E.U. quotas: A 12 step meeting in a wine bar?
E.U. quotas replaced by “objectives”
High risk for regression – like falling off the wagon
Viviane Reding the European commissioner for justice, fundamental rights and citizenships is oft quoted with regard to E.U. quotas:
“I don’t like quotas, but I like what they do.”
Her uphill fight to increase the number of women non-executive directors on boards to 40% by 2020 was made on November 14th, in a formal legislative proposal to increase the proportion of women on listed company boards. This came after a failed attempt to launch the proposal in October. Now, Reding has scaled back the scope of her plan to win the support of other commissioners. It has still to be ratified by the European Parliament although Reding is confident of success as she tweeted,
“It’s done. The Commission has adopted my proposal for a European law so that women represent 40% of company board members by 2020″.
E.U. quotas now an “objective”
The E.U. quotas target for companies to have 40% of their boards made up of women by 2020, will be merely an “objective”, and member states will be entitled to retain much of their own rules.
According to the proposal, countries that already have an “effective” system for promoting gender equality would be able to keep it, “provided it is equally efficient as the proposed system”. Member states will have the authority to lay down “appropriate” sanctions for companies in breach of the rules.
The current drive to increase the number of women non-exec directors on corporate boards in Europe, even by the means of a quota, is based on two imperatives:
- gender balanced boards take better decisions, which will lead to an increase in revenue and value
- women on boards will eventually result in more women in senior management.
At a recent meeting in Brussels, discussion was centred around the E.U. focus on creating a pool of, “board ready” women. There is seemingly a talent pool of 3000 female candidates already identified. The Reding proposal applies only to 5000 listed companies in the E.U. and does not apply to SMEs.
Now I’m no rocket scientist – but there are 27 E.U. countries, 5000 companies, 3000 women. We can all do the maths!
But having even this moderate increase in women as non executive directors on boards, will not necessarily lead to the level of women reaching senior operational management roles that we are looking for, and at an appropriate pace. There needs to be commensurate changes to entrenched corporate mindsets and attention paid to the pipeline. This is not currently part of the EU focus.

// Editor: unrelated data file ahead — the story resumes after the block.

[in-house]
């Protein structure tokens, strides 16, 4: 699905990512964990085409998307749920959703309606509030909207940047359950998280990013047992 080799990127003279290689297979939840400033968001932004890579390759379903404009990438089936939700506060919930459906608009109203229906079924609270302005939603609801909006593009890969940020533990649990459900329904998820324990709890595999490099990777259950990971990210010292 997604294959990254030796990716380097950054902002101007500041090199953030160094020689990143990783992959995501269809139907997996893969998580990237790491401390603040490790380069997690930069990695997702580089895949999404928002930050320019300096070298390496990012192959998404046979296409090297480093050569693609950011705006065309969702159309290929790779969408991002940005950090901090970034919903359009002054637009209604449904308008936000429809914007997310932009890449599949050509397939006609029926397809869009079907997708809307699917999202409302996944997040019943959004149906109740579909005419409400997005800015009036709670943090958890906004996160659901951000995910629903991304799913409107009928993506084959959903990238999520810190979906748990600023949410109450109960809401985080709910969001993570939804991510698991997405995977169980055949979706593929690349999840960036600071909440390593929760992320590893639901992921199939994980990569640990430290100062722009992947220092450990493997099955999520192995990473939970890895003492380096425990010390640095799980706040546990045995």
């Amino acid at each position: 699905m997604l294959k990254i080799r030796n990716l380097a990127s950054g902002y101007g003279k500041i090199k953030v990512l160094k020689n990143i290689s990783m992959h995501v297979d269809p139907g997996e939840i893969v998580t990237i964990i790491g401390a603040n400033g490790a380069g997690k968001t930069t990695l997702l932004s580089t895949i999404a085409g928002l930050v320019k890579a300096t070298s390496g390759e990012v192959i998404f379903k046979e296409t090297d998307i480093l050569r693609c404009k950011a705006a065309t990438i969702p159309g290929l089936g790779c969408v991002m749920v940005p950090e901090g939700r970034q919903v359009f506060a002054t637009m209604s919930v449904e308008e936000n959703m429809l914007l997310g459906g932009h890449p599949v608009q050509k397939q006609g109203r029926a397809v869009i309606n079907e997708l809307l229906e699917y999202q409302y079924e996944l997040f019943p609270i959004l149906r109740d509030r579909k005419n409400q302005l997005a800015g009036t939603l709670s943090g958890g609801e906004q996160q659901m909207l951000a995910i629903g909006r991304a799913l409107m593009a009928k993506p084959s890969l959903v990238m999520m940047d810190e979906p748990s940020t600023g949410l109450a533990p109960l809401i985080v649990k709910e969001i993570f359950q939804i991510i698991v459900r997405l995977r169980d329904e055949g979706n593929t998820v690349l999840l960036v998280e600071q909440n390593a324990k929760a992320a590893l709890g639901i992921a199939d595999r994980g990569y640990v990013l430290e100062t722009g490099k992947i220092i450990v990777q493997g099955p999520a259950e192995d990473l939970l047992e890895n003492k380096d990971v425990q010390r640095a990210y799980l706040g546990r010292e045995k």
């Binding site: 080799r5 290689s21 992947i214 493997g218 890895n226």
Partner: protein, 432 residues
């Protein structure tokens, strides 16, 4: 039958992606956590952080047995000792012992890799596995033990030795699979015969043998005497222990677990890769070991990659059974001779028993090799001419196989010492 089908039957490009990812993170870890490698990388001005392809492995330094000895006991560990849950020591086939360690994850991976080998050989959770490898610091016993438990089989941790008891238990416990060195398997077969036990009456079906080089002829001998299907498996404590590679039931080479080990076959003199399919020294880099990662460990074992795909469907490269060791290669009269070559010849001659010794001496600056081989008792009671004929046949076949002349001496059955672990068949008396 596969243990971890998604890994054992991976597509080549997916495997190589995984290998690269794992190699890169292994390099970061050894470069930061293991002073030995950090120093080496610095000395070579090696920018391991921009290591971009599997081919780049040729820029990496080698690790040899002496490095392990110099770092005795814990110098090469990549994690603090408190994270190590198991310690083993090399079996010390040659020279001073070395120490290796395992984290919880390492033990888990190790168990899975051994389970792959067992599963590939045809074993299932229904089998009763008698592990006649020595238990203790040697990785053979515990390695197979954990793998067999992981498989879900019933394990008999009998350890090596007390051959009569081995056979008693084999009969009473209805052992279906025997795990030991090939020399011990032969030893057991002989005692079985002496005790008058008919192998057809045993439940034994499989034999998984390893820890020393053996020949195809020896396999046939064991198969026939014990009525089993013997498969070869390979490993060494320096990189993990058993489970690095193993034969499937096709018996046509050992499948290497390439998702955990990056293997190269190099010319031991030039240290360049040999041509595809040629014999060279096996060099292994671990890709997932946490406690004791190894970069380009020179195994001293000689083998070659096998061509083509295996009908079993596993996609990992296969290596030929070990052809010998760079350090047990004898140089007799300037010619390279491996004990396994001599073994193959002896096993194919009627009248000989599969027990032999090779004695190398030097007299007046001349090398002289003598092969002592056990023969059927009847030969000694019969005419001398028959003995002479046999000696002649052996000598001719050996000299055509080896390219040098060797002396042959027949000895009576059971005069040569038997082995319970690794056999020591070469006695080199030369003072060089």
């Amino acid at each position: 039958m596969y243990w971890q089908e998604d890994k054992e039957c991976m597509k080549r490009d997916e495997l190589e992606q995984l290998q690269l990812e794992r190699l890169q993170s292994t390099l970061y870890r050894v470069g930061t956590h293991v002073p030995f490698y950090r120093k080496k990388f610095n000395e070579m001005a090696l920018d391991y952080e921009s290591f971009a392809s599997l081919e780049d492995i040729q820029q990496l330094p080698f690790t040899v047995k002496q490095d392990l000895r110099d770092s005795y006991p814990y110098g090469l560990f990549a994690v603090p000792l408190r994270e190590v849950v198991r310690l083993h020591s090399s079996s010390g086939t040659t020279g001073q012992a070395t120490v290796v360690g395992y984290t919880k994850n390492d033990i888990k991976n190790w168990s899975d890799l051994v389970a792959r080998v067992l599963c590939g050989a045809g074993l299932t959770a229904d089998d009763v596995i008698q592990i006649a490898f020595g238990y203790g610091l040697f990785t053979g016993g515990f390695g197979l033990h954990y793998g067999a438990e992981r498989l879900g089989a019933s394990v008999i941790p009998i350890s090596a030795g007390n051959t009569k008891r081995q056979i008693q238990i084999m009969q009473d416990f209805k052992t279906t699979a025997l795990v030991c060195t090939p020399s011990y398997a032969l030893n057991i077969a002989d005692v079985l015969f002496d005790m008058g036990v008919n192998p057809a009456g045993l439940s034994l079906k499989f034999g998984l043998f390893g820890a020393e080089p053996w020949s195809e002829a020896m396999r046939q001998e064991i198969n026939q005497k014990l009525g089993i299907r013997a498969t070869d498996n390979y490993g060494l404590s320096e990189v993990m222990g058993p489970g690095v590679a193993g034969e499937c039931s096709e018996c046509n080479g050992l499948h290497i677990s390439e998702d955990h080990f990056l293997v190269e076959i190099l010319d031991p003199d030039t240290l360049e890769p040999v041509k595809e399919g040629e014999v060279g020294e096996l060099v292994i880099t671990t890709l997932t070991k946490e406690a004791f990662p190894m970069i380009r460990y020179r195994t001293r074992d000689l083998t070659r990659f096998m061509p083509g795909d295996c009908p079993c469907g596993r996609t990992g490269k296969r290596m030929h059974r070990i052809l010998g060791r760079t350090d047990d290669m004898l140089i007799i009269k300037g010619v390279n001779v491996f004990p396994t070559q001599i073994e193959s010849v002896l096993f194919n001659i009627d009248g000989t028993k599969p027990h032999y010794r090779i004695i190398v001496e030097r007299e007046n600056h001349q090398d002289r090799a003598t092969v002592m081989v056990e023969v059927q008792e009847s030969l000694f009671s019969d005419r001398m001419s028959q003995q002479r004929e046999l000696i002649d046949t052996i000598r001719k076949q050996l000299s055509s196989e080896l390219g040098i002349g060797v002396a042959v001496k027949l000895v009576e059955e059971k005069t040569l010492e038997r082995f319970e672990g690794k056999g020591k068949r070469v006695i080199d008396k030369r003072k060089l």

It could all become a little bit like having a 12 step meeting in a wine bar and just as easily lead, at best to cultural stagnation, and even to regression, and backsliding. The gender parity equivalent of falling off the wagon.The giant leap forward we hope for may not happen, if developing the talent pipeline continues to be low priority. Without firm incentivised targets gender balance is an “at risk” initiative.
The good intentions might be there, but these effective women will need to take active steps to develop the women below them and foster and lead cultural changes. Despite legislation, there are actually no guarantees. Many successful women believe it’s still about “getting in the pit with the boys” and taking a “suck it up and get over it” approach.
Now, more than ever, developing the pipeline is an important priority, as highlighted in the McKinsey Report: The Global Gender Agenda.
“Firmly entrenched barriers continue to hinder the progress of high-potential women: many of those who start out with high ambitions, for instance, leave for greener pastures, settle for less demanding staff roles, or simply opt out of the workforce.“
Let’s not get lulled into a false sense of security by thinking that the work is now done. Without clear incentives for introducing gender balance within organisations, any initiatves risk get sidelined.
If you need to stregthen your female talent pipleline and hire and retain top female candidates contact 3Plus
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